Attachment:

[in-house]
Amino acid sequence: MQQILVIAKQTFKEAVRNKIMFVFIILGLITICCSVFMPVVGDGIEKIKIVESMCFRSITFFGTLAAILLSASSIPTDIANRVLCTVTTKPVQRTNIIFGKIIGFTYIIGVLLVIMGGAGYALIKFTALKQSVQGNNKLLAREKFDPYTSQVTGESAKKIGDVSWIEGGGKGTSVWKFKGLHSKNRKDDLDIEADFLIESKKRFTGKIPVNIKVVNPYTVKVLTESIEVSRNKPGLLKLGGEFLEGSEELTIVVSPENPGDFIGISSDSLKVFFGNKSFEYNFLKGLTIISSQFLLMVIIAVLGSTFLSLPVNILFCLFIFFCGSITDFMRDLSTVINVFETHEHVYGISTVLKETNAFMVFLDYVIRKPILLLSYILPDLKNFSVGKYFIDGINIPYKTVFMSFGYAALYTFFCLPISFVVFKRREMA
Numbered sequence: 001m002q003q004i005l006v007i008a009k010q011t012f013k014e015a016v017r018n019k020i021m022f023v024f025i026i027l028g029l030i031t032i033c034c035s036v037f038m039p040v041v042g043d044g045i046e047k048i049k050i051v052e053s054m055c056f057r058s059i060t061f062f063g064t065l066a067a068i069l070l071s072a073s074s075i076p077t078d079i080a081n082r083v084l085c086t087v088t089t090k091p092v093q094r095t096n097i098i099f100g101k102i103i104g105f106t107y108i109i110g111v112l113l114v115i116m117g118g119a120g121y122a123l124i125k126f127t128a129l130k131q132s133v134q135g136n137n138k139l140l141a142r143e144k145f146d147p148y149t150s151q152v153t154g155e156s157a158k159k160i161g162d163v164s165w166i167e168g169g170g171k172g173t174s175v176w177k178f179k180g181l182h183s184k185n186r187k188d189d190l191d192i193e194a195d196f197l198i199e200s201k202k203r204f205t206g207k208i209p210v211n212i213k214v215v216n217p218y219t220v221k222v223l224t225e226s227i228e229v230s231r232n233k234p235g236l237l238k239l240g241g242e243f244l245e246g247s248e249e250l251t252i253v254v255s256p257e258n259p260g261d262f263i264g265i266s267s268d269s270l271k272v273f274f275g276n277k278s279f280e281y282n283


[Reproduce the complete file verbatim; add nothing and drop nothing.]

[in-house]
Amino acid sequence: MQQILVIAKQTFKEAVRNKIMFVFIILGLITICCSVFMPVVGDGIEKIKIVESMCFRSITFFGTLAAILLSASSIPTDIANRVLCTVTTKPVQRTNIIFGKIIGFTYIIGVLLVIMGGAGYALIKFTALKQSVQGNNKLLAREKFDPYTSQVTGESAKKIGDVSWIEGGGKGTSVWKFKGLHSKNRKDDLDIEADFLIESKKRFTGKIPVNIKVVNPYTVKVLTESIEVSRNKPGLLKLGGEFLEGSEELTIVVSPENPGDFIGISSDSLKVFFGNKSFEYNFLKGLTIISSQFLLMVIIAVLGSTFLSLPVNILFCLFIFFCGSITDFMRDLSTVINVFETHEHVYGISTVLKETNAFMVFLDYVIRKPILLLSYILPDLKNFSVGKYFIDGINIPYKTVFMSFGYAALYTFFCLPISFVVFKRREMA
Numbered sequence: 001m002q003q004i005l006v007i008a009k010q011t012f013k014e015a016v017r018n019k020i021m022f023v024f025i026i027l028g029l030i031t032i033c034c035s036v037f038m039p040v041v042g043d044g045i046e047k048i049k050i051v052e053s054m055c056f057r058s059i060t061f062f063g064t065l066a067a068i069l070l071s072a073s074s075i076p077t078d079i080a081n082r083v084l085c086t087v088t089t090k091p092v093q094r095t096n097i098i099f100g101k102i103i104g105f106t107y108i109i110g111v112l113l114v115i116m117g118g119a120g121y122a123l124i125k126f127t128a129l130k131q132s133v134q135g136n137n138k139l140l141a142r143e144k145f146d147p148y149t150s151q152v153t154g155e156s157a158k159k160i161g162d163v164s165w166i167e168g169g170g171k172g173t174s175v176w177k178f179k180g181l182h183s184k185n186r187k188d189d190l191d192i193e194a195d196f197l198i199e200s201k202k203r204f205t206g207k208i209p210v211n212i213k214v215v216n217p218y219t220v221k222v223l224t225e226s227i228e229v230s231r232n233k234p235g236l237l238k239l240g241g242e243f244l245e246g247s248e249e250l251t252i253v254v255s256p257e258n259p260g261d262f263i264g265i266s267s268d269s270l271k272v273f274f275g276n277k278s279f280e281y282n283